Systems research, as a distinct approach, is new enough not to have its own Wikipedia entry yet. But this guide may well be the Foundation for such as one of the major questions prompting its writing was, ‘What makes research “systems” research?’ To answer this question, the authors, three of whom are also the volume’s editors, formed the Systems Research Team under the auspices of the International Federation for Systems Research. Their approach is itself an exposition of how to write systematically about systems thinking. Each of the eight chapters highlights a component that needs to be carefully considered in the, not necessarily sequential, process of systems research design – philosophical outlook, conceptual and theoretical framework, problem structuring methodology, modelling and simulation, action planning, final reporting, researcher competencies and impact evaluation. The seasoned researcher is offered an overarching schema for contextualising their own research; the novice a set of necessary steps to take. Each chapter is self-contained and also an integral part of the guide. Being both a whole and a part they are themselves holons, a term that does have its own Wikipedia entry.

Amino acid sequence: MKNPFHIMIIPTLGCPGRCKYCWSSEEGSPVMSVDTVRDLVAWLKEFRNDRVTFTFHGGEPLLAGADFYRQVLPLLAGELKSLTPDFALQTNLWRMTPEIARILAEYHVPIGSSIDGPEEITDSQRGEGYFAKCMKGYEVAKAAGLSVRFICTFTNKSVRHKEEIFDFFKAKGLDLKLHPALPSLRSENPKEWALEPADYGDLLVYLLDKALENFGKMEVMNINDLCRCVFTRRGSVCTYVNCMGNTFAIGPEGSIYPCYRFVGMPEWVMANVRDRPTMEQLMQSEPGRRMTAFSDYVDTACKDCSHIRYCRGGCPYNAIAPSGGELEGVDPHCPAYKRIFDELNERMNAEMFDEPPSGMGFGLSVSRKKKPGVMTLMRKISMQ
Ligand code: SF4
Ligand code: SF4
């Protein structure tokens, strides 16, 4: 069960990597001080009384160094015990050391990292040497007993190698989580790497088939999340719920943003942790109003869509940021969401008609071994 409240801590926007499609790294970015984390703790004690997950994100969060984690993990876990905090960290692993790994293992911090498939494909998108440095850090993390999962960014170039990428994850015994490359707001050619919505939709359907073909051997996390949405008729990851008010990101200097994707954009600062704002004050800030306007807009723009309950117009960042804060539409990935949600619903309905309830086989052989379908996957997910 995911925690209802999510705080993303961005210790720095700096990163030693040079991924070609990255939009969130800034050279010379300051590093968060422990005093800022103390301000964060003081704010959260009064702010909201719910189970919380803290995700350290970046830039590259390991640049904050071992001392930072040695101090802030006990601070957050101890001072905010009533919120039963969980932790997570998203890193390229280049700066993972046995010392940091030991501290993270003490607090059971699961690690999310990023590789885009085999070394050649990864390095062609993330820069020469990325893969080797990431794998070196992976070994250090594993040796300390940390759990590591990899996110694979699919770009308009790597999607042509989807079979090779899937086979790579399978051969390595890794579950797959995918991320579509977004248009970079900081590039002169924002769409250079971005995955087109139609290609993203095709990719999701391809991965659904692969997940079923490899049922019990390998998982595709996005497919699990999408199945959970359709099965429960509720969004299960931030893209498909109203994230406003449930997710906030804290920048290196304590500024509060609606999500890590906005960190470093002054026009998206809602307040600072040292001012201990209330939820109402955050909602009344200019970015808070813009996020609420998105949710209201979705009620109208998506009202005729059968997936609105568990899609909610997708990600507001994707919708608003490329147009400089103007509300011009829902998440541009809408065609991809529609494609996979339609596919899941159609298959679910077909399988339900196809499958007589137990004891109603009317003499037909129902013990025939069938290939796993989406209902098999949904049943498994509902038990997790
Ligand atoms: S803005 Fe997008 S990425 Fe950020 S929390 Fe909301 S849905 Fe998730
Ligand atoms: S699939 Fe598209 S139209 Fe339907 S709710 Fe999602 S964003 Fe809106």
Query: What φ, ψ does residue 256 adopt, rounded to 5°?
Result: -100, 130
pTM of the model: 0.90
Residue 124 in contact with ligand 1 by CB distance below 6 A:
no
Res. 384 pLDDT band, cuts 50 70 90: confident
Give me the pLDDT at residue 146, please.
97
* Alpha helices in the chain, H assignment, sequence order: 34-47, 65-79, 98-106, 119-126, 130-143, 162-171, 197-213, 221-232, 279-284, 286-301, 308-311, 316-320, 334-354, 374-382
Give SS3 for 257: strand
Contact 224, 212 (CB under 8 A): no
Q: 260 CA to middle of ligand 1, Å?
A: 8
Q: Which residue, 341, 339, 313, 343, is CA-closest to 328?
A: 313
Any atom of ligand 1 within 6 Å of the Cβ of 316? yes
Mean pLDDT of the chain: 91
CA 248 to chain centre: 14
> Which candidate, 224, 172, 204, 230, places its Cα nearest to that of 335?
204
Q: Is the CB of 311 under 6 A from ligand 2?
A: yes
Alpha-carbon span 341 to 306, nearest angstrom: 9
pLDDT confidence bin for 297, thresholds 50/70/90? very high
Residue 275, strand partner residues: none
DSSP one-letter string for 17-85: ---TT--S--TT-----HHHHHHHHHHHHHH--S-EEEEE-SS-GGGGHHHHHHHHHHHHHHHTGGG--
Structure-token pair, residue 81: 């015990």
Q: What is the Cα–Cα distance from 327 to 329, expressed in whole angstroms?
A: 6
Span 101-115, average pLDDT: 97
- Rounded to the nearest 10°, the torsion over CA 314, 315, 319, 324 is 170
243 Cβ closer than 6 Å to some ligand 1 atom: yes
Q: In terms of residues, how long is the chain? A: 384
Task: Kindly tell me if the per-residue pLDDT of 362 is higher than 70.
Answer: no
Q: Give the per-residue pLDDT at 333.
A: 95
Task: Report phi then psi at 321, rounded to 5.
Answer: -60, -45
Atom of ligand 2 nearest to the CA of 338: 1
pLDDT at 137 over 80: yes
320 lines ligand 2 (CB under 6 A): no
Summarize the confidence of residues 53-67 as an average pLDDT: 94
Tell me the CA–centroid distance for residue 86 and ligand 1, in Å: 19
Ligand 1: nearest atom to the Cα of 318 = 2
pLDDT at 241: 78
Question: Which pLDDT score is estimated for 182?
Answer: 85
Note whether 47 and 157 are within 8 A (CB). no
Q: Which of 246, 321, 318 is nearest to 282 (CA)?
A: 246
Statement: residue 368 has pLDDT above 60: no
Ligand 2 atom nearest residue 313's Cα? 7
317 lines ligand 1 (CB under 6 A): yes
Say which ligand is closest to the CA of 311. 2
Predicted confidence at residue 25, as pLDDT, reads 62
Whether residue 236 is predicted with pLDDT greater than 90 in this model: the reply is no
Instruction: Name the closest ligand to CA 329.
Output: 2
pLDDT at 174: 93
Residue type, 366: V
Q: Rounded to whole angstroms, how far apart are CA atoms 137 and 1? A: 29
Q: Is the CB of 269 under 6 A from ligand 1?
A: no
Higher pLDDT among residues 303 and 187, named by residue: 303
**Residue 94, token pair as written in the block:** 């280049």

Shankar Sankaran is a Professor of Organisational Project Management at the School of the Built Environment, as well as a Core Member of the Asia-Pacific Centre for Complex Real Property Rights and the Centre for Management and Organisational Studies.